Installing Arch Linux on VirtualBox in Windows 10
I recently upgraded to a new system, and instead of running Arch Linux natively I've decided to run it inside VirtualBox on Windows 10. Below I note down the steps I took, which closely follow the excellent wiki pages of archlinux. But along the way, I also noted a few other steps steps I took to make this system very comfortable, which you'll have to figure out for yourself if you like them or not!
Setting up Windows 10 to be ready
There isn't much of preparation required, given that I started from scratch, but I did have to setup my windows environment a little bit.
- Install the windows package manager chocolatey
- Install qBittorrent (which will be used to download an iso copy of arch) by running the following command from the command line
choco install qbittorrent(recommended to run the command line as an administrator)
- Head over to the Arch Linux download section and click the torrent link for the latest version (I'm not pasting the link here, because arch evolves so fast that next time anyone reads this gist it is very likely that it will already be old). This normally should start your qBittorrent. Please consider seeding others once you are done with your download.
- Unless you've already installed Virtual Box from the download website, I personally prefer to use Chocolatey because its faster by typing
choco install virtualboxfollowed by installing the [guest additions] (http://download.virtualbox.org/virtualbox/5.0.10/Oracle_VM_VirtualBox_Extension_Pack-5.0.10-104061.vbox-extpack)
- While you are at it, why don't you invert your colors in Windows to relax your eyes? Hit the
Windows Key + Minus Sign, which will start the handy Magnifier app, followed by
Ctrl + Alt + Iwhich will toggle inverting your colors.
- And while you are really at it, consider adding Vimium to your Chrome browser.
And that's it. I'm now ready to follow the setups listed on the arch wiki.
Mount Arch Linux on VirtualBox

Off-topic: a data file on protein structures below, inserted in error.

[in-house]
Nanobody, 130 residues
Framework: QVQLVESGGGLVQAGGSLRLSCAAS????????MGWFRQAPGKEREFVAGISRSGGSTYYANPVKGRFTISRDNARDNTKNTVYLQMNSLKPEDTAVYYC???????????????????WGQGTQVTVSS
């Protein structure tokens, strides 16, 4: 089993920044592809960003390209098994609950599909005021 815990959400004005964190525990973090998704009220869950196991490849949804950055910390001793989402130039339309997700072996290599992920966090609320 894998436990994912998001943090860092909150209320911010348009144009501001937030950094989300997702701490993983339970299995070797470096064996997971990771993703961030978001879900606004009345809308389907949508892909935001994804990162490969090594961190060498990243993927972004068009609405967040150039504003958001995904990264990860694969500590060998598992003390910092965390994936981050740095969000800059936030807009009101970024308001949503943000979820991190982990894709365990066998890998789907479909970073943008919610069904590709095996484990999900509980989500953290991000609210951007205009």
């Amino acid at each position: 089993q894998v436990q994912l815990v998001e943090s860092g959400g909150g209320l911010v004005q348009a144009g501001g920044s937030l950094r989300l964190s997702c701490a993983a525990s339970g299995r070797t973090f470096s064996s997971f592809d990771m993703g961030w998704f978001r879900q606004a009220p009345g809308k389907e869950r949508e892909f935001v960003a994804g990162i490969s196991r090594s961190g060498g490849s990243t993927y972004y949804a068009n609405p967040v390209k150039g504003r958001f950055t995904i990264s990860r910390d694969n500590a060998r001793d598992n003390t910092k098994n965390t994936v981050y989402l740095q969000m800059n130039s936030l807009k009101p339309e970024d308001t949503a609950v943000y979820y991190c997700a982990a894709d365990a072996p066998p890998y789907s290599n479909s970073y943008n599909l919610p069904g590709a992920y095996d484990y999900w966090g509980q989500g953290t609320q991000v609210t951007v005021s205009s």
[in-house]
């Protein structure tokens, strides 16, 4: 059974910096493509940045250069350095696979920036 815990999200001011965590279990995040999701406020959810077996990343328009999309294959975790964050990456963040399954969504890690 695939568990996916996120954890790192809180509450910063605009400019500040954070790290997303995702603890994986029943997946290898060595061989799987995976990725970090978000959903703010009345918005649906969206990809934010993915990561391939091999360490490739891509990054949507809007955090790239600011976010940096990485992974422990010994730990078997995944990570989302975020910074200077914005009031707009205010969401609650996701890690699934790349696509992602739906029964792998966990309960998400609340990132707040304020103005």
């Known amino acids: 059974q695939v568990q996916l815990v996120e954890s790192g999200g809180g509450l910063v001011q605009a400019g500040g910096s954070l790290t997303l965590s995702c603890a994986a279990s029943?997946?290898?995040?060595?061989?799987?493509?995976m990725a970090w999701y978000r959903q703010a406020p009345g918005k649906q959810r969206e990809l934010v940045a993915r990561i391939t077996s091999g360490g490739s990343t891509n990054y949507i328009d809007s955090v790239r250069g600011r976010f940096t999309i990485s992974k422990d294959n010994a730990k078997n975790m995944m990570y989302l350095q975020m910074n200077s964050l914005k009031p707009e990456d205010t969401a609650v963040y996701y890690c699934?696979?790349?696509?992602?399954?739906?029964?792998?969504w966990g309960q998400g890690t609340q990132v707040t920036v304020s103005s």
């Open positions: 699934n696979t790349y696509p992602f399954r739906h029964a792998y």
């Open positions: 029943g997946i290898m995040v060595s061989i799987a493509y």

I couldn't find a section on the Arch wiki where these steps are listed, perhaps they are obvious, but since I think I know what I'm doing I'm just going off script here (what a great start!).
- Start VirtualBox and click
- Name your machine, preferably with a descriptive but memorable name (e.g.,
exultant carpenter), select type
Linux, and version
Arch Linux (64 bit)(unless you downloaded the 32 bit version. A note on this, I recall in the past that for some machines you may need to go inside your UEFI/BIOS firmware, and enable Intel VT-x to be able to run the 64 bit version, highly recommended!)
- Next set your RAM. I have 16GB and I want to make this my main development environment, so I decide to set mine to 8192MB, but Arch Linux requires much less than that.
- Create a virtual hard disk now and select
Dynamically allocatedon the next screens.
- Select a reasonable disk size (e.g., 40GB). Note that all of those settings are not that important at the moment as they can be changed in the future
- Once this wizard completes, hit
settingsand make a few additional changes. Namely:
System > Processor > 2 CPU,
Display > Screen > Video Memory 128MB & Monitor Count 4 & Enable 3D(or whatever is the number of monitors that you have, hopefully >1 unless you sport a 4K monitor)
- And finally go to
Storage > Storage Tree > Controller: IDE > Optical Drive + icon > Choose Diskand navigate to where the ISO file you downloaded previously is stored (I personally moved the ISO under
- Click ok and you are now ready to Start the VM
- Once started, select `Boot Arch Linux (x86_64)
Install arch on VirtualBox